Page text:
I understand that I can bring html files down for offline viewing. What I would like though is to bring down an entire site and have the user experience similar to when the user is connected. Is this possible? Are there any third party products that would fulfill this requirement?

Edit - What I am asking is how I can take a SharePoint publishing site offline. Or is that not even possible? I really do not want to use OneDrive to bring down a bunch of HTML pages in a library.



  • Not possible. I would probably ask you to look at other options. Can you let us know why you would keep an offline copy and are after the offline experience? What is the actual problem we are trying to solve? We can look at other options. – Arvi Aug 17 '18 at 0:13
  • Thanks Arvi. The use case for this is we have many field engineers working in remote areas with no connectivity (or in customers locations where they are not granted access to the wifi). These inspectors need access to electronic manuals that are currently HTML based. At this point I am leaning towards a non-SharePoint solution or storing a PDF version of the manual in Sharepoint and pushing them down to clients via 3rd party product (or OneDrive) to keep them synchronized. Thanks again. – Les Zatony Aug 17 '18 at 11:05

You didn't mention why you wanted an offline version, so depending on that this may be too meaty of a solution for your needs. Unfortunately there isn't a quick solution for what you are asking for.

You could run a SharePoint virtual machine on your computer and then back up and restore your site to the VM. This will give you offline capability and a replica of the site, at least from the time that you did the backup.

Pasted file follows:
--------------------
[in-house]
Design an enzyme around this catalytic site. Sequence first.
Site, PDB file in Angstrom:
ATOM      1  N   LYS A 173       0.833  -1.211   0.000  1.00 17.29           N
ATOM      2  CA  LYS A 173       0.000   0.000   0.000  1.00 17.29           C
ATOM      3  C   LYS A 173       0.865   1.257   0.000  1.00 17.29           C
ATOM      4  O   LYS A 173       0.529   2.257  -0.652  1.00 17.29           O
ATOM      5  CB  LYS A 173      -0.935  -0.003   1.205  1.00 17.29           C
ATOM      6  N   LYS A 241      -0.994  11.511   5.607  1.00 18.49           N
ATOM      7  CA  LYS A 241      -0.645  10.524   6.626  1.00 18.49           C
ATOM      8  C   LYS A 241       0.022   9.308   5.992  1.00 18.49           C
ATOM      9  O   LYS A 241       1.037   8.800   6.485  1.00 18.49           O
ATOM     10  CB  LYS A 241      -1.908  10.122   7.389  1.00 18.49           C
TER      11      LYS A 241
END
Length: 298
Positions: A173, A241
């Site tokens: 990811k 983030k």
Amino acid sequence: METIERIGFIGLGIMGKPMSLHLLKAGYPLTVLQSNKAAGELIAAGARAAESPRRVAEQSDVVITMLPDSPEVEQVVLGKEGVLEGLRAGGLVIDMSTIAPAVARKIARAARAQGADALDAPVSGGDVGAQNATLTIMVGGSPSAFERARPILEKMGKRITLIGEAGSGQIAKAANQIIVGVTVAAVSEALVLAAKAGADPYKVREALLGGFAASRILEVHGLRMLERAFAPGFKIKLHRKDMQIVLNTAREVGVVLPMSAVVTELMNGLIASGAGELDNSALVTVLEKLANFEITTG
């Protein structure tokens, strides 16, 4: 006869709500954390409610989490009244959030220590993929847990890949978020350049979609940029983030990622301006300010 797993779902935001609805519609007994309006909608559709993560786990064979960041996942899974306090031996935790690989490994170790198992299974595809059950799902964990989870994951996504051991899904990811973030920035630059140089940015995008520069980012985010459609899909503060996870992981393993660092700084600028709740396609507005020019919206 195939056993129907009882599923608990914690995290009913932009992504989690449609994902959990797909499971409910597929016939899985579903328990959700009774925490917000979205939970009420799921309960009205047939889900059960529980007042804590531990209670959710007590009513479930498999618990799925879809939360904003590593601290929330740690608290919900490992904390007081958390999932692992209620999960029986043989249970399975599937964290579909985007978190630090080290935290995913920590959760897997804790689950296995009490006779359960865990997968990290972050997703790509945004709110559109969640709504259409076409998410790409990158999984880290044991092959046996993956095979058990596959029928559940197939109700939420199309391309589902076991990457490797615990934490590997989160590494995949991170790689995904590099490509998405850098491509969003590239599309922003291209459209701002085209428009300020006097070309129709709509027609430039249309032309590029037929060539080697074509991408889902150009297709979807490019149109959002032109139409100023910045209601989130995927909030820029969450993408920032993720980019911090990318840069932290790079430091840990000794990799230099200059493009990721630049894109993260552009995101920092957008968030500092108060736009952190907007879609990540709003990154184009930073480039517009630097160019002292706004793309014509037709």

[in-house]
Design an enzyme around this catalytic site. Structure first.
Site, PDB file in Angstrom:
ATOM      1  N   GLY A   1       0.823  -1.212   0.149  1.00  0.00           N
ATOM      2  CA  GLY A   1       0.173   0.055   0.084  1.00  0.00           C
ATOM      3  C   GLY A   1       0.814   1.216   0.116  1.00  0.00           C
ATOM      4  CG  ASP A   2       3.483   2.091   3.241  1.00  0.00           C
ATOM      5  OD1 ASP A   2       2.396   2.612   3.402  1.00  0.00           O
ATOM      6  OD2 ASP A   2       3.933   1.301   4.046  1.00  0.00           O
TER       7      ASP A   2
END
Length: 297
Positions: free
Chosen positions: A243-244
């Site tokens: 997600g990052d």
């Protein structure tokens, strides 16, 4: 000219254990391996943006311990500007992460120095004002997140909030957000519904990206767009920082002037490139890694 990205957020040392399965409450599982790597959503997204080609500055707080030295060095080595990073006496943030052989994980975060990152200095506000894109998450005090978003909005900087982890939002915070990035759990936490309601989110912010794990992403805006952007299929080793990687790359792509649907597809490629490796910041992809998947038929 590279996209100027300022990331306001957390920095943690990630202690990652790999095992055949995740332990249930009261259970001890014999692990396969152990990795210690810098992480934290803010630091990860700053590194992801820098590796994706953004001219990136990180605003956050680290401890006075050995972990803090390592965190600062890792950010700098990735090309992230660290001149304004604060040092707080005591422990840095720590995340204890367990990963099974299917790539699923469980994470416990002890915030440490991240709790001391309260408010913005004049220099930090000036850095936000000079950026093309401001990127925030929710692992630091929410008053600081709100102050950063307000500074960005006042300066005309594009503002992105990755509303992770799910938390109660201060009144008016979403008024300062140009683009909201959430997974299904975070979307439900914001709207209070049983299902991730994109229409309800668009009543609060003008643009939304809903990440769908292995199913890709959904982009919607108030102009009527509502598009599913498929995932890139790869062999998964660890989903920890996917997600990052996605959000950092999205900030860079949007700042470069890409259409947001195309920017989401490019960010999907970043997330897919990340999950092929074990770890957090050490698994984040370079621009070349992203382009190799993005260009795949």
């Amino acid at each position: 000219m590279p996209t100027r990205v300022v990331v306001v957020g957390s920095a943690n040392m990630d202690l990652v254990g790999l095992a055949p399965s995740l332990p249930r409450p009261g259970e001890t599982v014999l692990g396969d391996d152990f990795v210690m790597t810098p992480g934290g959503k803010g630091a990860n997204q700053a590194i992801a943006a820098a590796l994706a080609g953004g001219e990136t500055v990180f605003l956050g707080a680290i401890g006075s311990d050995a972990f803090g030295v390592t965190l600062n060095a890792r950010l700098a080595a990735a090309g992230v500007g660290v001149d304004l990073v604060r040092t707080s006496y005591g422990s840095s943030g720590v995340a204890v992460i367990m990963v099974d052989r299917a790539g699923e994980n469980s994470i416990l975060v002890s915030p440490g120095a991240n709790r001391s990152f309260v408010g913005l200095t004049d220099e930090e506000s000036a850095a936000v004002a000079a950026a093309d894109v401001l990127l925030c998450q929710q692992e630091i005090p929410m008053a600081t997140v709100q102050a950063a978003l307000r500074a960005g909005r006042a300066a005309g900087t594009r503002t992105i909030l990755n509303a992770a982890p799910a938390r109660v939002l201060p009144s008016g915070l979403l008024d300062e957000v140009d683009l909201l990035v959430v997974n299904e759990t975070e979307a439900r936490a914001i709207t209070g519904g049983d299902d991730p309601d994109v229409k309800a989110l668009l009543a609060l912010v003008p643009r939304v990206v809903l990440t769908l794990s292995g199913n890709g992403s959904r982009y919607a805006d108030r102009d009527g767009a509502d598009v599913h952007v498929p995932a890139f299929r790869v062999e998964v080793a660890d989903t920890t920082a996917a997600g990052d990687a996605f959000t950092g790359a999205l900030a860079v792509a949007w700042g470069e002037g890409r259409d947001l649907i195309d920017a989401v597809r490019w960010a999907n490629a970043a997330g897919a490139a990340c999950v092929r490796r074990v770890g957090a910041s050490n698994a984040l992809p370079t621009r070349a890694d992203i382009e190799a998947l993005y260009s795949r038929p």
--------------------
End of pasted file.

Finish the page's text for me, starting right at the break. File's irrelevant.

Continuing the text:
I am not sure if you are 2010, 2013, 2016, Online but what version you are running will dictate how much work you will have to do to get a VM up and running. And I don't believe you can create a VM for SharePoint Online. With that you would have to save down the pages manually. For 2013 and 2016 there are VMs already created that you can download and use. You can probably find an old 2010 version around somewhere. The Microsoft hosted one is no longer available.

You also need to have admin rights on your existing site in order to do a backup of the SharePoint site.

There are a ton of VM resources, especially for more recent versions, that you can reference. Here are a few to get you started.




| improve this answer | |
  • Thanks for your comments. the use case is to bring electronic manuals offline. The clients in this case are primarily Surface Pros and iPads. While we're not on Office 365 yet, that is where we are headed. I think the reality is we will need a different solution. – Les Zatony Aug 17 '18 at 11:08

Your Answer

By clicking “Post Your Answer”, you agree to our terms of service, privacy policy and cookie policy

Not the answer you're looking for? Browse other questions tagged or ask your own question.